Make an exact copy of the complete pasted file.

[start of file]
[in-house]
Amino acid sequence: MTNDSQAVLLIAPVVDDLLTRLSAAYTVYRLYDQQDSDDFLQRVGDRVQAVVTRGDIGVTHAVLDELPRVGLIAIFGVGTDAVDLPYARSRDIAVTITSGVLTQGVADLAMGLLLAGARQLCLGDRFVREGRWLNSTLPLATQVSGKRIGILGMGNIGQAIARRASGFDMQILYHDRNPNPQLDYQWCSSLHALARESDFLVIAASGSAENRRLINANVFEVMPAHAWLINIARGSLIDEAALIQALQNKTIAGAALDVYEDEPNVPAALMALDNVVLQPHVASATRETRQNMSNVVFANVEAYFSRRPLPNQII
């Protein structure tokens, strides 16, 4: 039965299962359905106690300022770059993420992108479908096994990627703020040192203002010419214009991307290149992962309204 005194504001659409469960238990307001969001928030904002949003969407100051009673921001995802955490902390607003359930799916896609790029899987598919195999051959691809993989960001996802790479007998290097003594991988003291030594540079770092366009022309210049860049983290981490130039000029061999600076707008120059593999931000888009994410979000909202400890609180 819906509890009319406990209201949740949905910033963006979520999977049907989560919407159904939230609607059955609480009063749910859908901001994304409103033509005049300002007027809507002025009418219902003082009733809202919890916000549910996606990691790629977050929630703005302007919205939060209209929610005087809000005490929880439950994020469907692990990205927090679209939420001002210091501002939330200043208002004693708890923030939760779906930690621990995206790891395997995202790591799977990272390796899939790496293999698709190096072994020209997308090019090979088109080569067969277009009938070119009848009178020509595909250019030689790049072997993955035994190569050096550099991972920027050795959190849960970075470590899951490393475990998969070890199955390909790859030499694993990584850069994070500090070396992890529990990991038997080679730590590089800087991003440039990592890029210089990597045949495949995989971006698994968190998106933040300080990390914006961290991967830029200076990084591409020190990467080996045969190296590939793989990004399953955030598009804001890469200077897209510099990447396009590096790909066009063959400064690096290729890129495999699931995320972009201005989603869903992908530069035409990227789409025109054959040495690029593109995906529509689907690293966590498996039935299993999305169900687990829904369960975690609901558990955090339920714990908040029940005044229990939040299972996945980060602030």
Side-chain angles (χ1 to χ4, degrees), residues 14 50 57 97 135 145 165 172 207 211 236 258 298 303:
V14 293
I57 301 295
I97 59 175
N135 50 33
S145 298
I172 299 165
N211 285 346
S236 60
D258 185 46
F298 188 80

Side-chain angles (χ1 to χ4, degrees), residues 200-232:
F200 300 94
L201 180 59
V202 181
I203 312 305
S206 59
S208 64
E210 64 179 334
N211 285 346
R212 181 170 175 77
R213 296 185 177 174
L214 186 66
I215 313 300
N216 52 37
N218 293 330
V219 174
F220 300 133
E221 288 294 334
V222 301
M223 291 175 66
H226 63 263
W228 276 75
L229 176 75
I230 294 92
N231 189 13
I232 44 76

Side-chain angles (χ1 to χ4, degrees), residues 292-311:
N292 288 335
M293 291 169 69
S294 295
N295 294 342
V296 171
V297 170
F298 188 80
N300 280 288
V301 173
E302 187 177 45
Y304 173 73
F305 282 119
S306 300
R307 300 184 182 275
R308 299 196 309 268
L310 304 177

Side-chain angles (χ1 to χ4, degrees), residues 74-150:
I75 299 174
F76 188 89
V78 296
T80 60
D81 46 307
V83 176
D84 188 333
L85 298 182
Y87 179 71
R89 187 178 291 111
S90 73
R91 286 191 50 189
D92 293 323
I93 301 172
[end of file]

[in-house]
Amino acid sequence: MTNDSQAVLLIAPVVDDLLTRLSAAYTVYRLYDQQDSDDFLQRVGDRVQAVVTRGDIGVTHAVLDELPRVGLIAIFGVGTDAVDLPYARSRDIAVTITSGVLTQGVADLAMGLLLAGARQLCLGDRFVREGRWLNSTLPLATQVSGKRIGILGMGNIGQAIARRASGFDMQILYHDRNPNPQLDYQWCSSLHALARESDFLVIAASGSAENRRLINANVFEVMPAHAWLINIARGSLIDEAALIQALQNKTIAGAALDVYEDEPNVPAALMALDNVVLQPHVASATRETRQNMSNVVFANVEAYFSRRPLPNQII
């Protein structure tokens, strides 16, 4: 039965299962359905106690300022770059993420992108479908096994990627703020040192203002010419214009991307290149992962309204 005194504001659409469960238990307001969001928030904002949003969407100051009673921001995802955490902390607003359930799916896609790029899987598919195999051959691809993989960001996802790479007998290097003594991988003291030594540079770092366009022309210049860049983290981490130039000029061999600076707008120059593999931000888009994410979000909202400890609180 819906509890009319406990209201949740949905910033963006979520999977049907989560919407159904939230609607059955609480009063749910859908901001994304409103033509005049300002007027809507002025009418219902003082009733809202919890916000549910996606990691790629977050929630703005302007919205939060209209929610005087809000005490929880439950994020469907692990990205927090679209939420001002210091501002939330200043208002004693708890923030939760779906930690621990995206790891395997995202790591799977990272390796899939790496293999698709190096072994020209997308090019090979088109080569067969277009009938070119009848009178020509595909250019030689790049072997993955035994190569050096550099991972920027050795959190849960970075470590899951490393475990998969070890199955390909790859030499694993990584850069994070500090070396992890529990990991038997080679730590590089800087991003440039990592890029210089990597045949495949995989971006698994968190998106933040300080990390914006961290991967830029200076990084591409020190990467080996045969190296590939793989990004399953955030598009804001890469200077897209510099990447396009590096790909066009063959400064690096290729890129495999699931995320972009201005989603869903992908530069035409990227789409025109054959040495690029593109995906529509689907690293966590498996039935299993999305169900687990829904369960975690609901558990955090339920714990908040029940005044229990939040299972996945980060602030």
Side-chain angles (χ1 to χ4, degrees), residues 14 50 57 97 135 145 165 172 207 211 236 258 298 303:
V14 293
I57 301 295
I97 59 175
N135 50 33
S145 298
I172 299 165
N211 285 346
S236 60
D258 185 46
F298 188 80

Side-chain angles (χ1 to χ4, degrees), residues 200-232:
F200 300 94
L201 180 59
V202 181
I203 312 305
S206 59
S208 64
E210 64 179 334
N211 285 346
R212 181 170 175 77
R213 296 185 177 174
L214 186 66
I215 313 300
N216 52 37
N218 293 330
V219 174
F220 300 133
E221 288 294 334
V222 301
M223 291 175 66
H226 63 263
W228 276 75
L229 176 75
I230 294 92
N231 189 13
I232 44 76

Side-chain angles (χ1 to χ4, degrees), residues 292-311:
N292 288 335
M293 291 169 69
S294 295
N295 294 342
V296 171
V297 170
F298 188 80
N300 280 288
V301 173
E302 187 177 45
Y304 173 73
F305 282 119
S306 300
R307 300 184 182 275
R308 299 196 309 268
L310 304 177

Side-chain angles (χ1 to χ4, degrees), residues 74-150:
I75 299 174
F76 188 89
V78 296
T80 60
D81 46 307
V83 176
D84 188 333
L85 298 182
Y87 179 71
R89 187 178 291 111
S90 73
R91 286 191 50 189
D92 293 323
I93 301 172